What’s the fuss?
Laos is still a mysterious country, dominated by sheer nature, dense jungles, vast empty spaces and remote villages, ‘Karst’ mountains, waterfalls, hot springs, bat swarms, endless muddy rivers and rice paddies. It only opened up from communist isolation in recent years in the 1990’s.
Through Laos runs the mighty river Mekong, which is one of Asia’s largest and longest rivers. It starts in higher Tibet and is finding its way through China, Myanmar, Thailand, Cambodia and Vietnam.
Ready to go backpacking in time?
That doesn’t mean, that it’s unpleasant to travel – just be aware that you can’t expect all the comforts and amenities of full-blown tourist destinations.
Things are changing fast though. Most prices as published in the Lonely Planet guidebooks have doubled or tripled in just a few years, but still Laos is very affordable.
Where to start?
Most people either start their trip flying into the capital Vientiane or coming from Thailand’s north down the Mekong River, in direction to Luang Prabang, the second major city in Laos. Another popular way is crossing the border, coming from Vietnam.
Almost every major airline in Asia is now flying to Laos, mainly to its capital Vientiane.
Vientiane is really laid back and directly at the river Mekong. Most countries can get a Visa-on-Arrival (VOA) nowadays for a fistful of dollars; but better check before arriving.
If you start your Laos trip in Vientiane it helps as well to stock up here on the local currency ‘Kip’, as most ATM’s in the whole country are found here. Rumours have it, there are ATM’s in Luang Prabang as well, but some say they don’t work with international bank cards. Don’t worry – Thai Baht or US Dollar are accepted everywhere, so just bring enough cash.
Or just sit back at the banks of the Mekong River, that’s where you can have a great dinner in the evenings and try your first (of many) Beer Lao, the tasty local brew.
Vientiane is a travel hub as well, from here you can easily take a bus to the northern part of the country or the southern part (Pakse). Most transportation is done by mini bus, which isn’t too bad, as usually you have your own seat. :-)
From Vientiane you can reach Vang Vien by mini bus within about 6-8 hours. Vang Vien is a village at the Nam Song River, which is now famous with young travelers. I described it first in my post here.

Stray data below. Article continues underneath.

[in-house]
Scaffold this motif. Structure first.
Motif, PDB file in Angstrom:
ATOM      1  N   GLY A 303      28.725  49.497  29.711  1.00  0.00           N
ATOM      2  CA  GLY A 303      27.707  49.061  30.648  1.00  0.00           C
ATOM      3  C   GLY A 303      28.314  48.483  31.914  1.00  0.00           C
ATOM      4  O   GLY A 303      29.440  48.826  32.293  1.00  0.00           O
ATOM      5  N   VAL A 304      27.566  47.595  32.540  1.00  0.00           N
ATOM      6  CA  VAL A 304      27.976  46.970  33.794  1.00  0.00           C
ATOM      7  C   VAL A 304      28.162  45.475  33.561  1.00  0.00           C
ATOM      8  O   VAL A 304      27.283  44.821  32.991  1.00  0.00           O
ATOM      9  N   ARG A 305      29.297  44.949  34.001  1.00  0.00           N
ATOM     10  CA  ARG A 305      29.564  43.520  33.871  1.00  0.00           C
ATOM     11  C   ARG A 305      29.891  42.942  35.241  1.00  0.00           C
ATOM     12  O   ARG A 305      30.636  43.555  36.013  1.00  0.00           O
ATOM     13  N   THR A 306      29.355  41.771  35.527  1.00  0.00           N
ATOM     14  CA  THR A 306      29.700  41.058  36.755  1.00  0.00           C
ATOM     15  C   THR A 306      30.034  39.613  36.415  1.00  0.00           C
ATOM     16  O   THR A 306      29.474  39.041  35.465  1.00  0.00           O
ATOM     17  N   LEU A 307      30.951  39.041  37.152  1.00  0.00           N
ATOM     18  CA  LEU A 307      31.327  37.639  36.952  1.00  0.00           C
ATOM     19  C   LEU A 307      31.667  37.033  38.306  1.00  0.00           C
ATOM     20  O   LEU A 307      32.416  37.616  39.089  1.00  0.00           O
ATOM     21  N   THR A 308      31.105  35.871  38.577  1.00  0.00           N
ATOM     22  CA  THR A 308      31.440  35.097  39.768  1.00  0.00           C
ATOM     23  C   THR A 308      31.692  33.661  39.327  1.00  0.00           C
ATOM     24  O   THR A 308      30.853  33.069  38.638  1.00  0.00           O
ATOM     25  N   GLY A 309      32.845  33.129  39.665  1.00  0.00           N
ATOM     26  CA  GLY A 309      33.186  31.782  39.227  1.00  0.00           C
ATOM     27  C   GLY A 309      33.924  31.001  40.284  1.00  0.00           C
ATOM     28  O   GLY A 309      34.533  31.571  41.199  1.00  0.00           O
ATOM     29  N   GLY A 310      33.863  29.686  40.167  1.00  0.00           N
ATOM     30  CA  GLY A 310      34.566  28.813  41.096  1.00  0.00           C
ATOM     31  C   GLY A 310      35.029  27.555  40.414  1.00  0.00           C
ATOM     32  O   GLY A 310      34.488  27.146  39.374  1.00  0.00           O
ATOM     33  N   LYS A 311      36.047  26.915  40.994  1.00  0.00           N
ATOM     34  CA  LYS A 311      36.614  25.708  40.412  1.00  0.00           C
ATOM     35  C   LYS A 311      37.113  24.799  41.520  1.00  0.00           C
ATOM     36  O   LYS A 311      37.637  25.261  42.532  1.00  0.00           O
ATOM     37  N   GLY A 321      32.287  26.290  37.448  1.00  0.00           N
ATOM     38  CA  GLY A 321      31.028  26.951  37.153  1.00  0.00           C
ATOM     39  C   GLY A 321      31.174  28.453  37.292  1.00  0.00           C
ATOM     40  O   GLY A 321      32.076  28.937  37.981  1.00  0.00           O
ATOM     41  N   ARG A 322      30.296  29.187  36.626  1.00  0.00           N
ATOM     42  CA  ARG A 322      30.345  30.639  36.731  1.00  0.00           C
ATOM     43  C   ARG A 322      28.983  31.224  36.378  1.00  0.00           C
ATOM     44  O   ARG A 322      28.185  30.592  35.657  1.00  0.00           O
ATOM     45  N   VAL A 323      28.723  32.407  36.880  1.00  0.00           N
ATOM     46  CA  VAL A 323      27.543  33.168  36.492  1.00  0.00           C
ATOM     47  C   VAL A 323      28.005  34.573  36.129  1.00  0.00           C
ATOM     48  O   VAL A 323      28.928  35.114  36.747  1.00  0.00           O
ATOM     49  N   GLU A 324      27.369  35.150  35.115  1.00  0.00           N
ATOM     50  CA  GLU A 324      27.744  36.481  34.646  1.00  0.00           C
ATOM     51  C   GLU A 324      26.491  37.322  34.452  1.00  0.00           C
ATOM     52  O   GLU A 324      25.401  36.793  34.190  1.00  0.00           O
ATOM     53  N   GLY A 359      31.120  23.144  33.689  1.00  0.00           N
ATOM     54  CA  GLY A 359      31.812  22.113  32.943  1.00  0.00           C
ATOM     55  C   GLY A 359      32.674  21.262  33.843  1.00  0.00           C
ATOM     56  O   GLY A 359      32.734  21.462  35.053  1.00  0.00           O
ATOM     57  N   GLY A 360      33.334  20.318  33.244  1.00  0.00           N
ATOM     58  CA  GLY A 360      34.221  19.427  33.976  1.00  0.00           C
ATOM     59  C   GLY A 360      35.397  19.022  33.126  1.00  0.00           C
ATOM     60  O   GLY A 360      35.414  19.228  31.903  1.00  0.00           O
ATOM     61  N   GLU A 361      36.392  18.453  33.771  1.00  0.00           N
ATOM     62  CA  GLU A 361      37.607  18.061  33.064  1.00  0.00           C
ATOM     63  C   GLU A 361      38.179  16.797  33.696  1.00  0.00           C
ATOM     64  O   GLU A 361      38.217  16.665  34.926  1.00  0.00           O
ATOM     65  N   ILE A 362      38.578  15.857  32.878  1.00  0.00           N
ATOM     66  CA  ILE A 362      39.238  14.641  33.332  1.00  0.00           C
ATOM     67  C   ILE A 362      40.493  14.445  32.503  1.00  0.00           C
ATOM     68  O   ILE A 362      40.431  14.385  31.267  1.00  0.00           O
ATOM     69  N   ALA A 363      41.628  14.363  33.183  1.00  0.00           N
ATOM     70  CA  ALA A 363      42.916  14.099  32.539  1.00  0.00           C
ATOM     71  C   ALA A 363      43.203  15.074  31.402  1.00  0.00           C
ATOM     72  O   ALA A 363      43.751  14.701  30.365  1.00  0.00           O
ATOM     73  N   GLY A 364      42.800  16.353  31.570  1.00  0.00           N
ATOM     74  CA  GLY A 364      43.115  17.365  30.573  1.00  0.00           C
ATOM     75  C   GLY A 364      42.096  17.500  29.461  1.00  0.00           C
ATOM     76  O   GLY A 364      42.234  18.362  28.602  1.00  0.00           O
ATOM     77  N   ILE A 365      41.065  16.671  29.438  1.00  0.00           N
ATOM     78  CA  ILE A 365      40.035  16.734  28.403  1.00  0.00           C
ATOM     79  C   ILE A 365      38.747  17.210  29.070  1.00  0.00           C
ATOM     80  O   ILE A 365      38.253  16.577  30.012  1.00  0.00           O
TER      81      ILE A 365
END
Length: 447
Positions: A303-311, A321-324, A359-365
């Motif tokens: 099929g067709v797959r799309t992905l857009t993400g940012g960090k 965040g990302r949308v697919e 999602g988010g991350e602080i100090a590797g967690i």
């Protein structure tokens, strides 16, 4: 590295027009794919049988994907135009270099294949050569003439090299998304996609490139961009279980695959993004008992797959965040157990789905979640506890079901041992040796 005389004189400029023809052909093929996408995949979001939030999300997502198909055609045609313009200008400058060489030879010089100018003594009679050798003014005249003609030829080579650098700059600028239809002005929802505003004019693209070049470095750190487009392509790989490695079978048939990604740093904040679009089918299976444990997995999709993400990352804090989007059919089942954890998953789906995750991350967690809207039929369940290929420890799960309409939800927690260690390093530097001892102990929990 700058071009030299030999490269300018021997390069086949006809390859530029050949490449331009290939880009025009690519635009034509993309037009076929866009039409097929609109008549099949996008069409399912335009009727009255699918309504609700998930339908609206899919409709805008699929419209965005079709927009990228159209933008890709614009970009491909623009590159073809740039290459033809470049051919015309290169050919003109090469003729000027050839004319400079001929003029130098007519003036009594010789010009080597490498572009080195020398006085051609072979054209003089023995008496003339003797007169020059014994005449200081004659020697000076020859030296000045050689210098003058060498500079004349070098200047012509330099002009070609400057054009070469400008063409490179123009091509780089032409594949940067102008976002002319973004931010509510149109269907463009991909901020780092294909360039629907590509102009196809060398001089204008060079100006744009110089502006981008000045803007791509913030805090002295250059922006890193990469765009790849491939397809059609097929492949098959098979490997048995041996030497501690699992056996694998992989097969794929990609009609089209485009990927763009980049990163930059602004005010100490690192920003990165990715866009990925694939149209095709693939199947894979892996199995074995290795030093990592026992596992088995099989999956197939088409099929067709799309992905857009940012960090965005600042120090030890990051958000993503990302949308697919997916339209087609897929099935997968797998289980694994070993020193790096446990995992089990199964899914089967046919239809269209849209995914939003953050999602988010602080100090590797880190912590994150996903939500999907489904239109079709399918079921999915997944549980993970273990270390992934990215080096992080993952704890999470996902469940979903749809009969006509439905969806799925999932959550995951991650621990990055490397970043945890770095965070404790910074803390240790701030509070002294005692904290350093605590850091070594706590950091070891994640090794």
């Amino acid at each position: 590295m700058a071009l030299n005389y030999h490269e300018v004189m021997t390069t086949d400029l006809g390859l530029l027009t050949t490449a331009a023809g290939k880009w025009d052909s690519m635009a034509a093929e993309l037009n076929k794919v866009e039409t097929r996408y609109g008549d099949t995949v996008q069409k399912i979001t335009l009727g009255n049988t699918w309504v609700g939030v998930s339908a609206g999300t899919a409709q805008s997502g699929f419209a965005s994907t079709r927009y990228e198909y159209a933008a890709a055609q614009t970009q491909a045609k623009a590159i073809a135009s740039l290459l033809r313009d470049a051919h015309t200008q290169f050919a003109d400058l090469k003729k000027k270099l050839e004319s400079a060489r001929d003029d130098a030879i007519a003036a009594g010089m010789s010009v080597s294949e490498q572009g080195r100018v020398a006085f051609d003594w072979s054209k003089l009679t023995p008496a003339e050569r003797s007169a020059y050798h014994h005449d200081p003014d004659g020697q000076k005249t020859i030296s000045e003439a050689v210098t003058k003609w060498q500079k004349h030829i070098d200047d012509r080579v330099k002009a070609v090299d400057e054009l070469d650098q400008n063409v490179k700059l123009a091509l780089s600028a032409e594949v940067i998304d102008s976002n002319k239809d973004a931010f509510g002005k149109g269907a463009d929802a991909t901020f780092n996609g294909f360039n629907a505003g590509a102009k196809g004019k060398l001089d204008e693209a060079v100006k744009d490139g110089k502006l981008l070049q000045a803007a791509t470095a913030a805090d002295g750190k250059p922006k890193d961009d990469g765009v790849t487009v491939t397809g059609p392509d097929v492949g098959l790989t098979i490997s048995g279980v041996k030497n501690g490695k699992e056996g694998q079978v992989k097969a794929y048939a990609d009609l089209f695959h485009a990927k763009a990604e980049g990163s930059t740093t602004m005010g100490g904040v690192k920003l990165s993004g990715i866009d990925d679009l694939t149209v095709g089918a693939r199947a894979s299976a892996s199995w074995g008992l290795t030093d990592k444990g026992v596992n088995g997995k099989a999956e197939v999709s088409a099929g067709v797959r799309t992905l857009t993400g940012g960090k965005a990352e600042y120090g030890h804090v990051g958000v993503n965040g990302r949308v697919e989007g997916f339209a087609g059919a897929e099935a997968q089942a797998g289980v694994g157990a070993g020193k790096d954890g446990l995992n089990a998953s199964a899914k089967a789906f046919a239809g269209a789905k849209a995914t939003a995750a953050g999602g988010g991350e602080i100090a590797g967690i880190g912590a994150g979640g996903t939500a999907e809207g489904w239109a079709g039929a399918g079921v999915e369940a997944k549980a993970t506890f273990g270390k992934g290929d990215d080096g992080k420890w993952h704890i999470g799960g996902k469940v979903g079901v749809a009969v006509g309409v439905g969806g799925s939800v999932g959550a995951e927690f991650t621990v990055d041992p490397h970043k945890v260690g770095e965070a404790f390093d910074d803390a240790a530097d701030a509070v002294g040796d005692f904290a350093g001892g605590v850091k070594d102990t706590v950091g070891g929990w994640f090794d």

People sit for days and nights at the river and just watch the changing colours of the clouds hanging around the mountains here. You can’t get enough of it.
Besides that, you can rent a bike here, to explore the mountains, rice paddies and river beds, float in truck wheel tubes down the river, or just sit around and watch TV (mainly old ‘Friends’ or ‘Simpsons’ shows).
A truly surreal scene!
Maybe the special tobacco you can buy here for cheap money (300g for USD 3-5) is doing its part as well.
From Vang Vien, you can reach Luang Prabang, a truly Indochine city in another 6-8 hours per mini bus. You will find again your friend the River Mekong, which meets another river here, the Nam Khan River.
Luang Prabang is a sleepy city, with a blend of Asian and French influences, ancient temples, the smell of baguettes in the air and busy, colourful day and night markets. You still have lots of bicycles here, ox carts and slow moving boats on the river. Scenes from the movie “The Lover” with Tony Leung and Jane March come to mind (no, not those! :-) ). It’s like a time warp!
Luang Prabang should be your base, if you want to see other magic places, like the famous ‘Plain of Jars’.
Those are ancient handmade giant stone jars – thousands of years old – which are scattered artifacts on a 1.000m high plateau. There are more than 60 sites with more than 300 jars. Nobody know how they got there and who made them. Magnificent! The largest jars are 8m high and they are all made of single stones! Sounds unbelievable, right?
Mighty Mekong River
Back in Luang Prabang, sitting on the river banks slurping a beer or enjoying some satey or strawberry or Duck Pâté Baguette (just watch out for MSG), you will have developed a fascination with the Mekong River by now.
What’s better to do than taking a slow boat from here upstream to the Thai Border? Of course it will take you 2 days and you will have to spend the night in a village without electricity – but hey – who said Indiana Jones had it easy? :-)
The slow boats on the Mekong make you feel how unimportant the bustly and hectic life in our developed cities is, you will enjoy true nature, pass lonely villages with only a few people, see wild deer and lonely water buffalos, hear monkeys and birds chattering in the forests and will wonder about the meaning of life and time.
From time to time other boats will pass you and you will wonder, if the life here is any different than in ancient times.
After 2 days, you will reach Huay Xai, close to the Thai Border. Your trip is at its end, you will take a small long-tail boat to cross to Chiang Khong, the Thai side of the Mekong; here you will show your passport, get stamped and there you go…
Civilization finally has got you back!
Want to see more pictures of Laos? Click here for my Flickr pictures.
Definitely check out his cool clip here!
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